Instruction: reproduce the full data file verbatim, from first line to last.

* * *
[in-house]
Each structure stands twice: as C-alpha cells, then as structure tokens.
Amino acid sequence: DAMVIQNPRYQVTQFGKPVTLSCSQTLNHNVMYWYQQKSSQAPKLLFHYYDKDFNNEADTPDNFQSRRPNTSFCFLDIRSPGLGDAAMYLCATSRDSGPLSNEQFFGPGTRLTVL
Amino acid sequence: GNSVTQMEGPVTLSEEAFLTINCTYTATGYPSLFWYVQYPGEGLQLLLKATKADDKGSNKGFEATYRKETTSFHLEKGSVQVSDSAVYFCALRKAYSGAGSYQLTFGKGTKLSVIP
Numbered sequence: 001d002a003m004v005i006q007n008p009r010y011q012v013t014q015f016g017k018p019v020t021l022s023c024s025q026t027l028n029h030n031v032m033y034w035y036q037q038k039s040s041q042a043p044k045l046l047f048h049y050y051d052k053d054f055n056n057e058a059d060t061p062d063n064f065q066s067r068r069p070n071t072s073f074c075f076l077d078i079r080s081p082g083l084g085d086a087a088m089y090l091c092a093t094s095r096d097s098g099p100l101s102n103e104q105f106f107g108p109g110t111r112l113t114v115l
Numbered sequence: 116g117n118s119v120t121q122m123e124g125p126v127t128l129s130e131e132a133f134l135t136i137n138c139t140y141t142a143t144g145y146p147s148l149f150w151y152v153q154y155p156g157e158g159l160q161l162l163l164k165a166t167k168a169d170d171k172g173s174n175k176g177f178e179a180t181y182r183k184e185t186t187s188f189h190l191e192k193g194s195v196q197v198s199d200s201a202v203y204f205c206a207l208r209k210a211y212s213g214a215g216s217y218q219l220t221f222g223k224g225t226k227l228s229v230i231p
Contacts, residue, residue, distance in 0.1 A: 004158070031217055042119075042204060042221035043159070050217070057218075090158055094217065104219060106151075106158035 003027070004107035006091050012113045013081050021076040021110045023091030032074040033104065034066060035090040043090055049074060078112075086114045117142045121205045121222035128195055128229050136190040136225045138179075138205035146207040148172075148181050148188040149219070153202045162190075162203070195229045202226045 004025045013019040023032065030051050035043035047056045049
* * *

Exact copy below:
[in-house]
Each structure stands twice: as C-alpha cells, then as structure tokens.
Amino acid sequence: DAMVIQNPRYQVTQFGKPVTLSCSQTLNHNVMYWYQQKSSQAPKLLFHYYDKDFNNEADTPDNFQSRRPNTSFCFLDIRSPGLGDAAMYLCATSRDSGPLSNEQFFGPGTRLTVL
Amino acid sequence: GNSVTQMEGPVTLSEEAFLTINCTYTATGYPSLFWYVQYPGEGLQLLLKATKADDKGSNKGFEATYRKETTSFHLEKGSVQVSDSAVYFCALRKAYSGAGSYQLTFGKGTKLSVIP
Numbered sequence: 001d002a003m004v005i006q007n008p009r010y011q012v013t014q015f016g017k018p019v020t021l022s023c024s025q026t027l028n029h030n031v032m033y034w035y036q037q038k039s040s041q042a043p044k045l046l047f048h049y050y051d052k053d054f055n056n057e058a059d060t061p062d063n064f065q066s067r068r069p070n071t072s073f074c075f076l077d078i079r080s081p082g083l084g085d086a087a088m089y090l091c092a093t094s095r096d097s098g099p100l101s102n103e104q105f106f107g108p109g110t111r112l113t114v115l
Numbered sequence: 116g117n118s119v120t121q122m123e124g125p126v127t128l129s130e131e132a133f134l135t136i137n138c139t140y141t142a143t144g145y146p147s148l149f150w151y152v153q154y155p156g157e158g159l160q161l162l163l164k165a166t167k168a169d170d171k172g173s174n175k176g177f178e179a180t181y182r183k184e185t186t187s188f189h190l191e192k193g194s195v196q197v198s199d200s201a202v203y204f205c206a207l208r209k210a211y212s213g214a215g216s217y218q219l220t221f222g223k224g225t226k227l228s229v230i231p
Contacts, residue, residue, distance in 0.1 A: 004158070031217055042119075042204060042221035043159070050217070057218075090158055094217065104219060106151075106158035 003027070004107035006091050012113045013081050021076040021110045023091030032074040033104065034066060035090040043090055049074060078112075086114045117142045121205045121222035128195055128229050136190040136225045138179075138205035146207040148172075148181050148188040149219070153202045162190075162203070195229045202226045 004025045013019040023032065030051050035043035047056045049